â€œIf itâ€™s Jim Schvantz (not real name), Iâ€™m booked to die.â€? The phone is ringing at the circ desk with a distinctive Schvantzy-sounding ring and I am making this dramatic slicing motion across my throat. Bookseller from Hell has been hounding me for weeks now and I have been avoiding him like head lice. Heâ€™s smarmy, heâ€™s whiny, heâ€™s guilt-trippy and heâ€™s attached himself to me like a barnacle. Itâ€™s like he thinks Iâ€™ve been in pursuit of some obscure set of books- I donâ€™t know, maybe Dust Bunnies Abroad: Country by Country- and only he has it. He makes me want to drink gin at 9:00 in the morning. He lies like the mother of all rugs. He is a rug. -- Read More
Amazon.com, Ebooks and "Chump Change" is one from Kuro5hin By rjnagle:"
What is Amazon up to these days? Are they the friend or foe of the independent writer?
Amazon's recent purchase of two companies (Booksurge and Mobipocket) hints at a future business strategy geared not only to the long tail concept but also self-publishing in general."
Update: 06/06 08:18 EST by R:Link fixed.
AP Says n its Web site, Amazon.com Inc. is asking publishers for audiobooks for a new download store it says it plans to open. But the Internet retailer is being coy about such key details as a launch date.
The Seattle-based company declined to say Friday when any such sales would start or how it would affect its partnership with Audible Inc., the industry-leader in sales of audio versions of books and other publications.
"We never say if or when we're going to be launching a store until we launch it," Amazon spokeswoman Patty Smith said.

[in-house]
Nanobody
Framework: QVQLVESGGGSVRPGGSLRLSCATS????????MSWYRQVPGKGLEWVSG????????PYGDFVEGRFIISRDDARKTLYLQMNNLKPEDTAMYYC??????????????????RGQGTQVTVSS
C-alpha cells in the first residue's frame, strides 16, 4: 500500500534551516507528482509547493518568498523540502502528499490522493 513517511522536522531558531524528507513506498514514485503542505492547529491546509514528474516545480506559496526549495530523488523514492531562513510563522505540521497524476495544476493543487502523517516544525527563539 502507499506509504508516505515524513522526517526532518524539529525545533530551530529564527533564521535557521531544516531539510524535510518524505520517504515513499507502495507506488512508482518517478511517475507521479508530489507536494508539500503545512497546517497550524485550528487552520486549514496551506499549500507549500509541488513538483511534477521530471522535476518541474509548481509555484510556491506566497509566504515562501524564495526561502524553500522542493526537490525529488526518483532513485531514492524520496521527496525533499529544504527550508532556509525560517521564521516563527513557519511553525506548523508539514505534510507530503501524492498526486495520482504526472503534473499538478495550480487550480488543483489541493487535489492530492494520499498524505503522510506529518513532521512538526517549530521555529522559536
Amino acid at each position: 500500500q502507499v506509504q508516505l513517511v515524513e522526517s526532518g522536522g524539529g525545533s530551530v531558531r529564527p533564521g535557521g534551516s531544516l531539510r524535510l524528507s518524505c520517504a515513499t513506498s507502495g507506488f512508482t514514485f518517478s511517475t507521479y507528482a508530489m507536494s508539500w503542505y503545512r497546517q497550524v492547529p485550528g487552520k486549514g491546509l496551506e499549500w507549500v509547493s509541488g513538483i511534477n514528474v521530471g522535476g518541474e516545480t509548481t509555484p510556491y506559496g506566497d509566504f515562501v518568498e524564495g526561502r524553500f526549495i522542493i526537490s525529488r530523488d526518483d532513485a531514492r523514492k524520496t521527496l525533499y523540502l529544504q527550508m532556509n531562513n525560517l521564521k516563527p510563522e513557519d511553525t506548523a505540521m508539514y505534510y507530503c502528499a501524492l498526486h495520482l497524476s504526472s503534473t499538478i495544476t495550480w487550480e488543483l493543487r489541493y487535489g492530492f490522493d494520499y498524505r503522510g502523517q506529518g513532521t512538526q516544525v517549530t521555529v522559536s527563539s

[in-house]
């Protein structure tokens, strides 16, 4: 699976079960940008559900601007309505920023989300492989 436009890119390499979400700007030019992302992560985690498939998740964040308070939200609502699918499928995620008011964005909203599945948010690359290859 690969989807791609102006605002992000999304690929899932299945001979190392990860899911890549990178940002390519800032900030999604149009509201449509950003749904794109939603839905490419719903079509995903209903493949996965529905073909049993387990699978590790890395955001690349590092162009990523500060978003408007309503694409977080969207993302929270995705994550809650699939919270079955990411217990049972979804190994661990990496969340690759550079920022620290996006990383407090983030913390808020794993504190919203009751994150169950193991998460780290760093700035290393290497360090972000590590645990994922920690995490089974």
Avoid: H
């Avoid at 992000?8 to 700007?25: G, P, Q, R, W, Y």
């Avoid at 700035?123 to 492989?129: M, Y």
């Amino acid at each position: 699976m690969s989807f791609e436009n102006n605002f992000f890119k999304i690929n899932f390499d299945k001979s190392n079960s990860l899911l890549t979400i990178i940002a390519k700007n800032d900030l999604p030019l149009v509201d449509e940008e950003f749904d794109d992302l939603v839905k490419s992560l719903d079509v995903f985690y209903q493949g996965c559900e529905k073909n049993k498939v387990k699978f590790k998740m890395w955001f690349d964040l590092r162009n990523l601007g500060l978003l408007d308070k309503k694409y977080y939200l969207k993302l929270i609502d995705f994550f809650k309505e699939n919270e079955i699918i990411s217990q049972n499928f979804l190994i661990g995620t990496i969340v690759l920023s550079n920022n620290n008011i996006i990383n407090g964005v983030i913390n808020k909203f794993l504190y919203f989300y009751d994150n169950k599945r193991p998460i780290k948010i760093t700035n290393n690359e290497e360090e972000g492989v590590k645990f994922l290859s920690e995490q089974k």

There's a great independent bookstore in Menlo Park (CA), Kepler's, now celebrating its fiftieth anniversary.
By the way, Kepler's like most indies, will sell any book via the internet (you don't have to live in Menlo Park), so Amazon is NOT your only alternative.
Counterpoint: Chain Bookstores - Work Magazine Issue #1 (Work magazine is a quarterly analysis of the U.S.A.'s work culture and its influence over the world.)"Chain Bookstores", by Paula Katz, looks at her job as a lowly retail clerk at a local, independent bookstore. She says a "corporate" atmosphere can be created anywhere; it's not just about the size of the store or the profit margins.Because money has become the only thing the store worries about, the employees are left feeling unappreciated. The smart ones leave, and the ones who stay, lose interest in making the store a better place.
"Eventually this bookstore will fail. But what is most frustrating is witnessing myopic business practices that should be reserved for huge corporations being put into practice in what should be a haven for customers and employees alike."
Anonymous Patron writes "From Mid-Day Mumbai - Bombay,India The 45-odd booksellers lining the artery from Churchgate to Flora Fountain were evicted by the BMC on May 6.
The BMC swooped down on the booksellers and carted off nearly a lakh books saying they were acting on court orders and that the pavement was a no-hawking zone.
Angry over the treatment, the evicted booksellers say they want the government to designate a book zone in the city, dedicated to booksellers."